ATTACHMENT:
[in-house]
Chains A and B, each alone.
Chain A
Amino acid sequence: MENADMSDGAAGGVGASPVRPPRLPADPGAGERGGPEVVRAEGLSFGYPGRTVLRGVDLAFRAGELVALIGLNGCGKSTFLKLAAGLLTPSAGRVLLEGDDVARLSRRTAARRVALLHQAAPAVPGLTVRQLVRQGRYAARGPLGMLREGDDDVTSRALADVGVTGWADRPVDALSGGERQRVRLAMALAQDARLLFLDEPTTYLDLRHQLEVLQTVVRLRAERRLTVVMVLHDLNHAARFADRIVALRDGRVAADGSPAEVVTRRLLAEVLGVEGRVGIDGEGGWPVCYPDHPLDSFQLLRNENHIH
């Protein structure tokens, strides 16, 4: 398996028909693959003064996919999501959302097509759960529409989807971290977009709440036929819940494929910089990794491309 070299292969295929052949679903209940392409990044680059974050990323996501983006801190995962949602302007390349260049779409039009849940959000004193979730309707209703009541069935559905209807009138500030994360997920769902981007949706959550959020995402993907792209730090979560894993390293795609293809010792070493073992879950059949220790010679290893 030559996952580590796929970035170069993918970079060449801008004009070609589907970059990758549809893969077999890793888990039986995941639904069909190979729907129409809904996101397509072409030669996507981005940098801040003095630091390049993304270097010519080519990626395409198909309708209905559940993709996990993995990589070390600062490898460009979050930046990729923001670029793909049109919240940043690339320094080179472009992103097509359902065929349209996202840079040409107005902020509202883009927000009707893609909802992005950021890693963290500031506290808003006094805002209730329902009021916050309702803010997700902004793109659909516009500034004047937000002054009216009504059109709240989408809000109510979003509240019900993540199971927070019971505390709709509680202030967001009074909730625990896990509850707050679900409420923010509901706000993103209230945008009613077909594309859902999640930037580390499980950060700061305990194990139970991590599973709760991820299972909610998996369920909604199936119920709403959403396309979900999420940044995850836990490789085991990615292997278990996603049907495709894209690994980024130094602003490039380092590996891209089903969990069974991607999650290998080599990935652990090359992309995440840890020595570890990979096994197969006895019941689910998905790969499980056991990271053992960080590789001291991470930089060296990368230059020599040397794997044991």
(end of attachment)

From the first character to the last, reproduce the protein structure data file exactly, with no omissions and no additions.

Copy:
[in-house]
Chains A and B, each alone.
Chain A
Amino acid sequence: MENADMSDGAAGGVGASPVRPPRLPADPGAGERGGPEVVRAEGLSFGYPGRTVLRGVDLAFRAGELVALIGLNGCGKSTFLKLAAGLLTPSAGRVLLEGDDVARLSRRTAARRVALLHQAAPAVPGLTVRQLVRQGRYAARGPLGMLREGDDDVTSRALADVGVTGWADRPVDALSGGERQRVRLAMALAQDARLLFLDEPTTYLDLRHQLEVLQTVVRLRAERRLTVVMVLHDLNHAARFADRIVALRDGRVAADGSPAEVVTRRLLAEVLGVEGRVGIDGEGGWPVCYPDHPLDSFQLLRNENHIH
């Protein structure tokens, strides 16, 4: 398996028909693959003064996919999501959302097509759960529409989807971290977009709440036929819940494929910089990794491309 070299292969295929052949679903209940392409990044680059974050990323996501983006801190995962949602302007390349260049779409039009849940959000004193979730309707209703009541069935559905209807009138500030994360997920769902981007949706959550959020995402993907792209730090979560894993390293795609293809010792070493073992879950059949220790010679290893 030559996952580590796929970035170069993918970079060449801008004009070609589907970059990758549809893969077999890793888990039986995941639904069909190979729907129409809904996101397509072409030669996507981005940098801040003095630091390049993304270097010519080519990626395409198909309708209905559940993709996990993995990589070390600062490898460009979050930046990729923001670029793909049109919240940043690339320094080179472009992103097509359902065929349209996202840079040409107005902020509202883009927000009707893609909802992005950021890693963290500031506290808003006094805002209730329902009021916050309702803010997700902004793109659909516009500034004047937000002054009216009504059109709240989408809000109510979003509240019900993540199971927070019971505390709709509680202030967001009074909730625990896990509850707050679900409420923010509901706000993103209230945008009613077909594309859902999640930037580390499980950060700061305990194990139970991590599973709760991820299972909610998996369920909604199936119920709403959403396309979900999420940044995850836990490789085991990615292997278990996603049907495709894209690994980024130094602003490039380092590996891209089903969990069974991607999650290998080599990935652990090359992309995440840890020595570890990979096994197969006895019941689910998905790969499980056991990271053992960080590789001291991470930089060296990368230059020599040397794997044991």